5th September 2015
Now then, i’m not usually one for “world music”, despite an abiding admiration for Ehiopian Jazz-Funk, all matters Fela Kuti, the mesmerising Nusrat Fateh Ali Khan, the electro jazz of Dhafer Yussef, and some of Mark Corrin’s recent work, especially with Rose Niland, this niche of the musical business does not really grab my listening attention. However, this little beauty arrived today, and immediately struck a chord. My experience is that attempts to insert the tropes of rock and roll into “ethnic” music is generally doomed to failure. The difference here is that the music is, for the most part, acoustic, not too many of the clinical studio sounds of the mainstream have been applied, and where they have, the fit with the more traditional instrumentation is perfect. This is an album that bucks a trend in attempting to westernise certain ethnic forms which gives it a legitimacy and makes for a refreshing listening experience.
Alif is a band of five musicians at the forefront of independent music in the Arab world, and Nawa Recordings is a label dedicated to bringing new alternative music from the Arab world and elsewhere. Formed in 2012 and taking its name from the first letter of the Arabic alphabet, Alif features Khyam Allami (Oud), Tamer Abu Ghazaleh (Vocals/Buzuq), Bashar Farran (Bass), Maurice Louca (Keys/Electronics) and Khaled Yassine (Drums/Percussion).
Their self-produced debut, “Aynama-Rtama” (translated as Wherever It Falls) is a described in the promo as a “reflection of its time and environment”. Recorded between Beirut in Cairo in 2014, it is a fascinating album with some very interesting pieces. From the lead track Holako (Hulagu) – featuring a poem by late Iraqi poet Sargon Boulus (1944-2007) rendered into song for the first time – the band marries gritty electronic percussion with traditional instrumentation to create a legitimate marriage of rock/blues/post -punk/elctronica styles with ethnic sounds.
The bands’ particular delivery of the tradition of repetition of this form of music aligns itself to modernist elements of post-punk (The Fall, Cabaret Voltaire, Bjork), the pulses of German music (Can,Tangerine Dream, Cluster, Neu!) and to some degree the bleaker elements of some recent Americana. The unique thing here is that such alignments are not so obvious that the listener is immediately convinced that this is not some sort of inane construction in a studio by a producer from Leighton Buzzard sipping a latte in a kaftan, but is instead a valid legitimate and ground-breaking piece of work.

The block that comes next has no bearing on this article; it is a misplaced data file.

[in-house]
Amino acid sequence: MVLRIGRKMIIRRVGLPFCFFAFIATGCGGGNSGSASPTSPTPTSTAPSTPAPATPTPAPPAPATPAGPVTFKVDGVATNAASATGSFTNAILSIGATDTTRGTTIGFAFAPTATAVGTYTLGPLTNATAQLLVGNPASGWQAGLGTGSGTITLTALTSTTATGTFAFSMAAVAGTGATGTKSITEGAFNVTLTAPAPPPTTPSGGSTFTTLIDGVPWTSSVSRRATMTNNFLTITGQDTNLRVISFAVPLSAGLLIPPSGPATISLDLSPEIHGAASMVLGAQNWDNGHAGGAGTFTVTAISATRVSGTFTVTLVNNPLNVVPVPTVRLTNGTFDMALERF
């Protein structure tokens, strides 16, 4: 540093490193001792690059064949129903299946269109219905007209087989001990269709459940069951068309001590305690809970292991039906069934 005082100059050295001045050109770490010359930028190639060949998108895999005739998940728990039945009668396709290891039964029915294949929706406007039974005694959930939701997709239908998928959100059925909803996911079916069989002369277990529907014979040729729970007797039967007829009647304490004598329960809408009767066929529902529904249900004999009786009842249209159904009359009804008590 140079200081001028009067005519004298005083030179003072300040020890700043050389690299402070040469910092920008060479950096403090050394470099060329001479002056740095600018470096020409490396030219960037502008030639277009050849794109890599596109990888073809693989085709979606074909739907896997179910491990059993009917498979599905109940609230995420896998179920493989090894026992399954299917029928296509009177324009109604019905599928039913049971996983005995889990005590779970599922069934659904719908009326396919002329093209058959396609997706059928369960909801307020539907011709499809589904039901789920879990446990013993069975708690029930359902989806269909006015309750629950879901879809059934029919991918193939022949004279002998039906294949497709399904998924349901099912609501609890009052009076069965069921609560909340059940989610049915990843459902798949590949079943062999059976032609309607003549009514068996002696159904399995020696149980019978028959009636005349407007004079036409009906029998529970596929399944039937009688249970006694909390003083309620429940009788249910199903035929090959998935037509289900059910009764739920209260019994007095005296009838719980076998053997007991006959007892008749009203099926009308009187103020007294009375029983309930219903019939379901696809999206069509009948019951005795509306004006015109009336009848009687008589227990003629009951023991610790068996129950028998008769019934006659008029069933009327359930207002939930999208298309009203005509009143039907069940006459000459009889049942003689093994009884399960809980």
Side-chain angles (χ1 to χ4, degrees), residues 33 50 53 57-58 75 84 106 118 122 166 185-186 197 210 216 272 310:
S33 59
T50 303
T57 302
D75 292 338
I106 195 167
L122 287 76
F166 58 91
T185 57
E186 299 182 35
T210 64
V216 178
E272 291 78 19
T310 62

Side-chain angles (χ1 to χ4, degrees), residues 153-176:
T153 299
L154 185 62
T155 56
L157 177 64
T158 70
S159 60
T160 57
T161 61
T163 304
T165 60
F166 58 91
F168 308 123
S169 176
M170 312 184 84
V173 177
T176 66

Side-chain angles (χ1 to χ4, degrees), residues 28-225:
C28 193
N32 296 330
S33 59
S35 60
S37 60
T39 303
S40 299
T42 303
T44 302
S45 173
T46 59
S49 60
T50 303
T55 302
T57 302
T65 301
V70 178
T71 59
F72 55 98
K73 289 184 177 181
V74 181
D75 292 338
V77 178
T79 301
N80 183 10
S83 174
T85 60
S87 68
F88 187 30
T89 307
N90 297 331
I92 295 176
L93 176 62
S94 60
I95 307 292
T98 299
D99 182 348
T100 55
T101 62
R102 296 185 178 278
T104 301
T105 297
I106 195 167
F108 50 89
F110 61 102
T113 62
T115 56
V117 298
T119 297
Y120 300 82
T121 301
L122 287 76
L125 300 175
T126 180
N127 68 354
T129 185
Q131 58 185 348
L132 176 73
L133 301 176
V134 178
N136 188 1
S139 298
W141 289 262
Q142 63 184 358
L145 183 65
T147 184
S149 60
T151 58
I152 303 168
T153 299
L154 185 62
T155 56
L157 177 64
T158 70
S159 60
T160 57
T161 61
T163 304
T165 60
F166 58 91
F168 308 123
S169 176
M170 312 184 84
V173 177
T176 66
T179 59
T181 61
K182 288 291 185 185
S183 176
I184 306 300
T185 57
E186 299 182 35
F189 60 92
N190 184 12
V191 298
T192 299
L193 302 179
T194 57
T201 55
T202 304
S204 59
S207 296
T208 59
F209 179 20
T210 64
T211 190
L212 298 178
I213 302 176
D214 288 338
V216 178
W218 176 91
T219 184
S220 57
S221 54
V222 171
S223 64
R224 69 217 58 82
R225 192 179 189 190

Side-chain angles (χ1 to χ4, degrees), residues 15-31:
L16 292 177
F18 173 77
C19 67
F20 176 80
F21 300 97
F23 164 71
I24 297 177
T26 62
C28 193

Tamer Abu Ghazaleh has a stunning voice and the combination of the various instrumental elements create a sometimes breathtaking sound – “Al- Khutba Al-Akhiri (The Last Declaration)” for example is a delicious mix of soaring keyboards, insistent rhythm and hypnotic vocal melding a motorik journey with the more traditional elements.
From the melancholic beauty of Dars Min Kama Sutra (Lesson From Kama Sutra) – which features the work of renowned Palestinian poet Mahmoud Darwish (1941-2008) – to the majestic and surreal album-closer Eish Jabkum Hon? (What Brings You Here?), penned by Tamer Abu Ghazaleh, each track bursts with rhythmic drive and fervour. The band’s wide ranging influences and potent energy, result in a soundscape that is at once familiar and unknown.
Mixed by Ali Chant of Toy Box Studios, Bristol, UK (P.J. Harvey, Rokia Traore, Yann Tierson, Gruff Rhys, John Parish) and mastered by John Dent of Loud Mastering, UK (Bob Marley, Nick Drake, Yann Tiersen, Massive Attack, Nick Cave), Aynama-Rtama is a stand out album in a stand out year for new music.
The album artwork features a painting by Syrian-Lebanese visual artist Semaan Khawam. His colourful and surreal paintings combined with original typography by Egyptian designer Salma Shamel perfectly compliment the complexities latent in Alif’s music and lyrics. All editions also feature new English translations of the poems and lyrics by Nariman Youssef which, in their own part, add to the enjoyment and discovery of this music.
It will be available on CD, black & limited edition red coloured 12” Vinyl LP and download, including Mastered for iTunes and lossless high-definition 24-bit/96kHz audio files, the first time for a production from the Arab world.
Digital pre-orders are available via iTunes and Bandcamp with the album’s lead track Holako (Hulagu) offered as an immediate download.